Repeat step 3 to add as many genomes (up to 9) to compare to the reference genome.
Genomes that have been annotated by a different service, or a specific group of proteins, can also be used in the comparison. Those can be included as indicated by the red arrows as seen below.
Once the genomes (or feature groups) are included, the Comparison Genome box will show all the members that have been selected.
V. Submitting the proteome comparison job.¶
Click the Submit button at the bottom of the page (Red Arrow)
A message will appear that confirms that the job has been submitted. This message is temporal and will disappear after several seconds.
Check the status of the annotation job by clicking on the Jobs indicator at the bottom right of the PATRIC page.
Clicking on Jobs opens the Jobs Status page, which shows the status of the proteome comparison job. The statuses of all the previous service jobs that have submitted to PATRIC are also available.
You will be able to see when your job is complete.
VI. Accessing the Proteome Comparison job.¶
Click on the Jobs indicator at the bottom right of the PATRIC page.
This will open the Jobs status page.
Select a job of interest, and then click on the view button in the vertical green bar.
This will open up the Jobs landing page. The easiest way to see the direct results of the Proteome Comparison job is to click on the View icon in the upper right corner.
This leads to a visualization of the results. The entire image can be viewed by scrolling down, but to download either the image or the underlying data, click on the Download icon at the upper right.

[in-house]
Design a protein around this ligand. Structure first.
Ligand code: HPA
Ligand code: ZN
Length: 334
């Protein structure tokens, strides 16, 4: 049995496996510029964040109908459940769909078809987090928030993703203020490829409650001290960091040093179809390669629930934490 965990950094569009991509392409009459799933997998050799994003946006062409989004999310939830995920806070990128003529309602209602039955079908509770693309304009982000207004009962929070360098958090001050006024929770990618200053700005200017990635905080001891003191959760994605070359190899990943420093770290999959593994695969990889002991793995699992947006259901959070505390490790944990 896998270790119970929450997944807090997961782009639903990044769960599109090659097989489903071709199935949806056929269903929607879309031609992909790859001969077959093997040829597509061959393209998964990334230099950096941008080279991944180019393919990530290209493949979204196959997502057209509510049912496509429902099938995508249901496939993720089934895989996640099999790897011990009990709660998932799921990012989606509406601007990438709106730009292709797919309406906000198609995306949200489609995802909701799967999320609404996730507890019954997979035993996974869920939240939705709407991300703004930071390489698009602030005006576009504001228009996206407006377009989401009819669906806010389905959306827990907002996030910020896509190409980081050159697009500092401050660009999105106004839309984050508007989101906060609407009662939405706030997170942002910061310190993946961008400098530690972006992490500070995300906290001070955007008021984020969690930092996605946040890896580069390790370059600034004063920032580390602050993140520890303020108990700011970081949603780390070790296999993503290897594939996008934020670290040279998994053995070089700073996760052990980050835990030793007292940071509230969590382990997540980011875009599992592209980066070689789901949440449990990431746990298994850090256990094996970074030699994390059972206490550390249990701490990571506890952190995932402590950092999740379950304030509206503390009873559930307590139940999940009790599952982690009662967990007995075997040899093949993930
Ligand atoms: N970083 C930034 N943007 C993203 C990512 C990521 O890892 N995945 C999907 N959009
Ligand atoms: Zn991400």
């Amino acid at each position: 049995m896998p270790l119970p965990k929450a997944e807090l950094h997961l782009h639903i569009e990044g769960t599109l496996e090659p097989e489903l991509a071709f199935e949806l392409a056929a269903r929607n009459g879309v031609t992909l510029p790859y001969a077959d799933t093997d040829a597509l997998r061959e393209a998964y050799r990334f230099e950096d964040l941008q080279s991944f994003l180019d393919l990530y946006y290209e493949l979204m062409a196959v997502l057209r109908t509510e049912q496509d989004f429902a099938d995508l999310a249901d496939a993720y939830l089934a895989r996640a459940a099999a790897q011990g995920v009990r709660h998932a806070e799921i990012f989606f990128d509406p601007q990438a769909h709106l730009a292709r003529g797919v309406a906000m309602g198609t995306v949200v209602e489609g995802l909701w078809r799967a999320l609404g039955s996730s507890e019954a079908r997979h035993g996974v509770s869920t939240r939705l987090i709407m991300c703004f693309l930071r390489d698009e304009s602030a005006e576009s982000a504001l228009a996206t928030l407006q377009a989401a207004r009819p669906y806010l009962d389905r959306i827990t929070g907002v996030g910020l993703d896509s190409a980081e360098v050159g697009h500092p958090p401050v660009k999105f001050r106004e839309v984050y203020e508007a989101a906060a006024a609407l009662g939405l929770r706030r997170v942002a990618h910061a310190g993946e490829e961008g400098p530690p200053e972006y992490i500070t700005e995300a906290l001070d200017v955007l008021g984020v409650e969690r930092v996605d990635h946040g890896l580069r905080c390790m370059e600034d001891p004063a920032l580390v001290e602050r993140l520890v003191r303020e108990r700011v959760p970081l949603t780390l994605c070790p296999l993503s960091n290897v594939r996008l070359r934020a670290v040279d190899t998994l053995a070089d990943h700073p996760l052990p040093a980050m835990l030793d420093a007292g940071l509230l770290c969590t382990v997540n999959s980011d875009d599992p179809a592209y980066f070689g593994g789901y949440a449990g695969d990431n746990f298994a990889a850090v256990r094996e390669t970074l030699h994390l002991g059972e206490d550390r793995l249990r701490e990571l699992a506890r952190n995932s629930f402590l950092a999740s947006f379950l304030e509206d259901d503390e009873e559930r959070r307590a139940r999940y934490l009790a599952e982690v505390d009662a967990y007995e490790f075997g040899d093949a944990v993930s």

An SVG image is available, as is a text file that shows the results of the BLAST comparison.
The text file can be opened with excel. The document contains a lot of information that includes all the genes in the comparison genomes that have the best BLAST hits to the reference genome. The first row will show the genome names in specific columns, and the column heading in the second row show the additional information. Data begins with the genome that was used as a reference (Row 2, Columns A-J) and includes the following:
Column A - Accession number for the contig in the reference genome
Column B - The order number of this gene in the genome
Column C - Size in amino acids
Column D - PATRIC locus tag
Column E - RefSeq locus tag
Column F - Gene name
Column G - Functional annotation
Column H - Start location for the gene on the contig
Column I - End of the gene on the contig
Column J - Strand that the gene is located on
This is followed by information on the comparison genomes. This data in columns K-T for row 2 (for the first comparison genome) include:
Column K - Data on the type of BLAST hit (bi- or uni-directional, or missing)
Column L - Contig that the gene is located on
Column M - The order number of this gene in the genome
Column N - Size in amino acids
Column O - PATRIC locus tag
Column P - RefSeq locus tag
Column Q - Gene name
Column R - Functional description
Column S - Percent identity of the BLAST hit
Column T - Sequence coverage compared to the reference This pattern is repeated for all comparison genomes.
Other data is available from the Jobs landing page.
Selecting the circus.svg and then clicking on the View icon will rewrite the page to show the scaled vector graph.
Selecting the circus.final.html and then clicking on the View icon will rewrite the page to show the scaled vector graph, the percent similarity, and the list of the genomes included in the analysis.
The Jobs landing page also has a number of text files, each of with can be selected by highlighting the row and then clicking on the View icon. The data from the resulting page can be downloaded by clicking on the Download icon immediately above the table.
Selecting the legend.html and then clicking on the View icon will rewrite the page to show the percent similarity legend.
Overbeek, R., et al., The SEED and the Rapid Annotation of microbial genomes using Subsystems Technology (RAST). Nucleic acids research, 2014. 42(D1): p. D206-D214.